No matter how large your home is, it seems as if storage space is always at a premium. Storing your stuff, especially the stuff you do not use every day (think Christmas decorations), can be challenging. You want to reduce clutter but access your things when you need them.
The good news is that you may be sitting (literally) on unused potential storage space.
Crawl spaces are areas behind walls, in attics, or under our floors that are part of the house’s structure. They may be created by an elevated floor or an angle with the roof and the ceiling. They are not the easiest spaces to access, but they are often great options for items you do not need ready access to.
There are several types of crawl spaces. Some are semi-exposed to the outside. This could be intentional, especially in older homes when insulation and air conditioning were either not used or were not as efficient as they are now. Vented crawl spaces helped keep temperatures steady. Nowadays, insulation has gotten so good that these types of vented spaces are unnecessary.
If you choose to use a vented crawl space for storage, keep in mind that whatever you store, while dry, will be more exposed to temperature and moisture changes.
Two other types of crawl spaces are conditioned and encapsulated. These spaces offer more protection than vented crawl spaces but differ somewhat in design and use. Below we will explain these differences and what they mean for your storage plans.
Conditioned Crawl Space
Conditioned crawl spaces utilize what are known as ‘vapor barriers’ to keep out external moisture. Usually, this vapor barrier is a kind of black plastic sheeting, such as Visqueen, which seals the entire crawl space. A thickness of 6mm is recommended. Care needs to be taken not to cover up any vents installed to allow some airflow within the house.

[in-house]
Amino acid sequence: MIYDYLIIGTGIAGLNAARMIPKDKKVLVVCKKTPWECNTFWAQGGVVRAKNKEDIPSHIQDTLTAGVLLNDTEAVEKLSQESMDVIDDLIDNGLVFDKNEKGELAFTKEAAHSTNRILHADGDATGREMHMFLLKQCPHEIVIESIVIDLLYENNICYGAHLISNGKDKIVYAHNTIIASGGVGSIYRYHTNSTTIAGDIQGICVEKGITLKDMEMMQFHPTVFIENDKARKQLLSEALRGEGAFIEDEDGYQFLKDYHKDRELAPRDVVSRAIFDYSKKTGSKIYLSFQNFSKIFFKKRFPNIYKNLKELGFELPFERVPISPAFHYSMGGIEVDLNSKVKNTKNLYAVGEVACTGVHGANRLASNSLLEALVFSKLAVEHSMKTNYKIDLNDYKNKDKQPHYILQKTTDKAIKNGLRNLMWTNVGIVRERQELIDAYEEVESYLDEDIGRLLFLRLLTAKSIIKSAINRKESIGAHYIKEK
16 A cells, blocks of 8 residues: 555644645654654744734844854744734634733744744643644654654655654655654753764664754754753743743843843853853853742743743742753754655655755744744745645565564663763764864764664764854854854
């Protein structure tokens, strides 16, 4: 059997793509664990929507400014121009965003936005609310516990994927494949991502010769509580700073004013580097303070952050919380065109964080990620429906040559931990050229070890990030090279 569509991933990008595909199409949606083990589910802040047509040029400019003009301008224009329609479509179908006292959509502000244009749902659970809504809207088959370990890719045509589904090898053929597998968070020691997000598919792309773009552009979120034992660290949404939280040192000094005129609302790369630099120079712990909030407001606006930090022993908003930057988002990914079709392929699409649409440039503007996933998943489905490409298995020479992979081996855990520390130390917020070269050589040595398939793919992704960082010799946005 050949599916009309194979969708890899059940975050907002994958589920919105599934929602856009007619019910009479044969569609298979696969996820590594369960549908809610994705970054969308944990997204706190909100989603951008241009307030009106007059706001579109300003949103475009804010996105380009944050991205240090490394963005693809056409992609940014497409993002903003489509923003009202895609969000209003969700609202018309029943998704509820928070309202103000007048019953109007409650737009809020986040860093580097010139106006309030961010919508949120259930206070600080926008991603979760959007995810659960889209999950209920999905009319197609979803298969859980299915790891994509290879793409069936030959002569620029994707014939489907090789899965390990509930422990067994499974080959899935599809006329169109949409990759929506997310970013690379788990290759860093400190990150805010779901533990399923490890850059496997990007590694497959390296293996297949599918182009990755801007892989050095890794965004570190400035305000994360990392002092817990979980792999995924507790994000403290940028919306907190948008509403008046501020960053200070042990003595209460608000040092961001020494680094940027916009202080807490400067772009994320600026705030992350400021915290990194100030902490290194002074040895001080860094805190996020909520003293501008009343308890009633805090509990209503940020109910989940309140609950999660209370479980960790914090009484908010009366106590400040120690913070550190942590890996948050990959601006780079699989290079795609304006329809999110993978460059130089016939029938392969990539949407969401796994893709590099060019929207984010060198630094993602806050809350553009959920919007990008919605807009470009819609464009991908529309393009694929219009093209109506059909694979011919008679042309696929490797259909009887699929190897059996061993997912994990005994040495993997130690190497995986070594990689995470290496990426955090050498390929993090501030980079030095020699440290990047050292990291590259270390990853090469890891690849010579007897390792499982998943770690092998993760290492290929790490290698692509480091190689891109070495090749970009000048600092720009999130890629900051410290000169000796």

Conditioned crawl spaces are usually a good place to store most items for long periods.
Encapsulated Crawl Space
Encapsulated crawl spaces offer even more protection but require more work. Encapsulated crawl spaces all use white plastic sheeting to seal off the area. But instead of leaving vents uncovered like in a conditioned crawl space, encapsulated crawl spaces cover any vents as well. Since no sealing system is perfect, moisture will eventually enter the space. If the space is in the ground under your house, you will need to periodically dehumidify the space with a dehumidifier or even a sump pump.
Encapsulated vs. Conditioned Crawl Space
In summary, conditioned crawl spaces are sealed except for vents, and encapsulated spaces are sealed completely, including the vents. Encapsulated crawl spaces protect items better than a conditioned space but require more moisture monitoring. Encapsulated spaces are about four times more expensive to install.
Some people prefer the look of white over black plastic, but since these areas are rarely seen, looks should not be a prime factor in your decision.
How Will You Seal Your Crawl Space?
Both types of crawl space will help keep your items safe and increase your home’s storage space. Which one you choose should depend on your budget and home design.